EU pushes faster trade talks with Japan

Talks could take up to five years, according to analysts

 The European Union and Japan will speed up talks towards achieving what could be one the world’s biggest free trade deals, European Trade Commissioner Karel De Gucht said on Tuesday.
"The EU-Japan trade agreement remains a key priority and we hope to be able to move fast with the third round of negotiations in October in Brussels and at the upcoming summit in November," De Gucht said after talks with Japanese Economy Minister, Toshimitsu Motagi. "Both economies should reap the valuable benefits expected from the agreement sooner rather later," he added.
The talks could take up to five years, analysts say, as the EU and Japan look to give their faltering economies a boost with an accord which would cover some 30 % of global economic output and 40 % of trade.
But de Gucht said it was important not to linger and that the sooner the talks finished, the better. In an effort to accelerate negotiations, De Gucht said he and the Japanese minister had agreed to exchange offers on both goods and services as soon as possible, so that they may be discussed at a November EU-Japan summit in Japan.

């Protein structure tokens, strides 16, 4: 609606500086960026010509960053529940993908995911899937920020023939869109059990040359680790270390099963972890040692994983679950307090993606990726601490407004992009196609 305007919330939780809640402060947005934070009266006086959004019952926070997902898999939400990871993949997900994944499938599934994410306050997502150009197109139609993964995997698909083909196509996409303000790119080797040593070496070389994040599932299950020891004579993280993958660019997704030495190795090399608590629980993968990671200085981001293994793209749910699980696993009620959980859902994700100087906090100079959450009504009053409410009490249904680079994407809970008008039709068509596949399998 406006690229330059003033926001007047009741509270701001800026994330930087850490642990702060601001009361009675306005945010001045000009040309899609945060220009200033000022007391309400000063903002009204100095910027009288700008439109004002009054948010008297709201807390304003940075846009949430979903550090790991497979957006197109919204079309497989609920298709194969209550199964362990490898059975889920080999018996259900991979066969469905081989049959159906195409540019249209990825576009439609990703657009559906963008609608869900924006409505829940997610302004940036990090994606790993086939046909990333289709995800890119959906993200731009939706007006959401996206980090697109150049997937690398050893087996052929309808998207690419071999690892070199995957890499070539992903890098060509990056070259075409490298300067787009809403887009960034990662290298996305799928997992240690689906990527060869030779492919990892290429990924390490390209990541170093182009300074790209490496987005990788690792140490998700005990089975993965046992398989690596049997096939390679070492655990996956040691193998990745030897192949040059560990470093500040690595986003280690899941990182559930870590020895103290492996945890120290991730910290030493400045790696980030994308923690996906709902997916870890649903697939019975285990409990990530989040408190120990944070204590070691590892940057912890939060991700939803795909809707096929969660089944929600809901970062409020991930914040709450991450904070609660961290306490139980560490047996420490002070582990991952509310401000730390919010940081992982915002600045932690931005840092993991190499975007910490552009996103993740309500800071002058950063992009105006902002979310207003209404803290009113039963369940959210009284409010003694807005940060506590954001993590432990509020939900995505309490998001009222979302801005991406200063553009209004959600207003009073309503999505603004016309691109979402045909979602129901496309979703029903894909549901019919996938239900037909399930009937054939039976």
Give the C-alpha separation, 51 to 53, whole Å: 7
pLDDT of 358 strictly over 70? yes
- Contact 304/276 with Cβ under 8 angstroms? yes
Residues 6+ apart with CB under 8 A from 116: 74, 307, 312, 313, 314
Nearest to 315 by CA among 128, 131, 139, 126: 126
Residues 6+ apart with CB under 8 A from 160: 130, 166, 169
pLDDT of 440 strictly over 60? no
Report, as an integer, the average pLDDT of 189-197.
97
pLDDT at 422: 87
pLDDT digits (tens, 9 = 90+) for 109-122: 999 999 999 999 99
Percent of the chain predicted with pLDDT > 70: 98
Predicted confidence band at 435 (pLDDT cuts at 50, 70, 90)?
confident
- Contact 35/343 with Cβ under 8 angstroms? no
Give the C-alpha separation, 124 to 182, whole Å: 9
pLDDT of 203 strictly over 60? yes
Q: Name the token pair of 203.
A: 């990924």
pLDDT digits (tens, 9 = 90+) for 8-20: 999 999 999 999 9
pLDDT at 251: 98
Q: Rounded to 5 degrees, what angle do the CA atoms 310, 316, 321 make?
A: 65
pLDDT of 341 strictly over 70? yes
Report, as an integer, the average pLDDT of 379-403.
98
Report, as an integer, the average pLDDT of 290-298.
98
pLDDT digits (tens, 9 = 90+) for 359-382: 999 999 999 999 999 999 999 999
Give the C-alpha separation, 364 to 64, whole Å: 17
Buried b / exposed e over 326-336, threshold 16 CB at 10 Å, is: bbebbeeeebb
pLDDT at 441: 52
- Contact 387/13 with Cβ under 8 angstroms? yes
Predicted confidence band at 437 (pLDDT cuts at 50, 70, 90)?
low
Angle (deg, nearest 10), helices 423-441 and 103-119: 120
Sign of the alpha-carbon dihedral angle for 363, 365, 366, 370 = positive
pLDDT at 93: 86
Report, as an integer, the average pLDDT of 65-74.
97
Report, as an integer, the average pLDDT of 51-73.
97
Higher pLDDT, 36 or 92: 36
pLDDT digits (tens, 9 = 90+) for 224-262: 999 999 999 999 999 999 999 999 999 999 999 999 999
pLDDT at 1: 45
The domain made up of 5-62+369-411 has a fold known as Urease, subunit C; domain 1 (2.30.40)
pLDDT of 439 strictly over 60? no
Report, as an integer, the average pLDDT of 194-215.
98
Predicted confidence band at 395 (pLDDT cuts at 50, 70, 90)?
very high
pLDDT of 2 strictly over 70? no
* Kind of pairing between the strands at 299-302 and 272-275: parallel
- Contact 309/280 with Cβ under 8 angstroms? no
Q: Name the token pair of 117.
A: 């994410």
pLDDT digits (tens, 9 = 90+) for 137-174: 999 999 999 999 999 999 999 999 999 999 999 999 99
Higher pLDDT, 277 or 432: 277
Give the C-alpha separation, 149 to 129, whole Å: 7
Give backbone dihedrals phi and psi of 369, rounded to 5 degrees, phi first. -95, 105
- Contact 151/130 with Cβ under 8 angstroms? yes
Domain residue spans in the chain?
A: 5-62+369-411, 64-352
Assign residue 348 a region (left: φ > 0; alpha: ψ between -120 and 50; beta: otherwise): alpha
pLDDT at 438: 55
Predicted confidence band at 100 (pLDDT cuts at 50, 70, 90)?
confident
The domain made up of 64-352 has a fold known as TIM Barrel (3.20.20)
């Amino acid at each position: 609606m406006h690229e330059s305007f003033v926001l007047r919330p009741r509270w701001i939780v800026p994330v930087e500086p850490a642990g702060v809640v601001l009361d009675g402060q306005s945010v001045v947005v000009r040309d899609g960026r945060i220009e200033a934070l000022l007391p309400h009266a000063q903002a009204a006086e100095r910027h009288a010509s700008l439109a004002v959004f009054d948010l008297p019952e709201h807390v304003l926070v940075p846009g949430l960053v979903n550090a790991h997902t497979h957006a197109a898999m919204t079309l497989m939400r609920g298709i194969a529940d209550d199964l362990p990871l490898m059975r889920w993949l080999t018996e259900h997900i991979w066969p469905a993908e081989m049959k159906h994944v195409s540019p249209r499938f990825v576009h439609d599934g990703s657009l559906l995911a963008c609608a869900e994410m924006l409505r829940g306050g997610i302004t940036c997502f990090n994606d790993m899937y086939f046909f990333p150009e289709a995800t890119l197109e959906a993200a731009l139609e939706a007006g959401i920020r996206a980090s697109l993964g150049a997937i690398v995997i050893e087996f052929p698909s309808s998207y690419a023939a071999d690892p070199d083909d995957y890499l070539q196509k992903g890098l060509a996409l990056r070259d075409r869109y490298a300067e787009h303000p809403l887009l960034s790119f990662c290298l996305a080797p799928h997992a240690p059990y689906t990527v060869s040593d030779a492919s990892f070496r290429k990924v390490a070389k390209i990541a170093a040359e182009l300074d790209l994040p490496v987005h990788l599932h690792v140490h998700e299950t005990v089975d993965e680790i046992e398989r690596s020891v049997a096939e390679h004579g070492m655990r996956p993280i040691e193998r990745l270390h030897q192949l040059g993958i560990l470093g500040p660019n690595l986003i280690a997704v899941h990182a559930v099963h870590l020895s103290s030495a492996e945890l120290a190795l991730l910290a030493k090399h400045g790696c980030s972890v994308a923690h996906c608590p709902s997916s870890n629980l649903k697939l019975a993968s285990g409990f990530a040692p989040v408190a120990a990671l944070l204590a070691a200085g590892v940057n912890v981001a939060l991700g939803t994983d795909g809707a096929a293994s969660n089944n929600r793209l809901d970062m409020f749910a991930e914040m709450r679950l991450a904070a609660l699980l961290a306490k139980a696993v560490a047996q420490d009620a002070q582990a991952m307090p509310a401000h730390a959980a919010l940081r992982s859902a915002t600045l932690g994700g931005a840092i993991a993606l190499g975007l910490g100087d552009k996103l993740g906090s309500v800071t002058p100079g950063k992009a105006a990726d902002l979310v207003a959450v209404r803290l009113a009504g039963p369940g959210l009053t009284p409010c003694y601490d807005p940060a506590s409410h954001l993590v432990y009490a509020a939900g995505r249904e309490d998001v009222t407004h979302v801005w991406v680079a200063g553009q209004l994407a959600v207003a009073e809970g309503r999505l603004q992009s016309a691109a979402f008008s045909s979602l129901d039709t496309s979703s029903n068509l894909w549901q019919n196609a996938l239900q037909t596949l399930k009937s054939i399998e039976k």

With a good dose of "political resolve" and a restricted timeline, De Gucht said highly technical issues could be overcome and strong domestic grievances addressed. "We are working at a sustained pace and I hope the summit can put some impetus into the process," he said.
The negotiating parties believe an accord could add 0.6-0.8 % to Europe’s annual economic output on the back of a near 33-% gain in EU exports to Japan.
Non-tariff barriers are a major issue for Brussels and De Gucht reiterated that the talks could be suspended after one year if commitments are not met.
As well as Japan, the EU has also begun negotiations on Free Trade Agreements with the United States, Canada and India, as well as the Mercosur countries of Latin America among others.
Japan too is involved in other talks, most recently winning Washington’s approval to join the 11-nation, US-backed Trans-Pacific Partnership.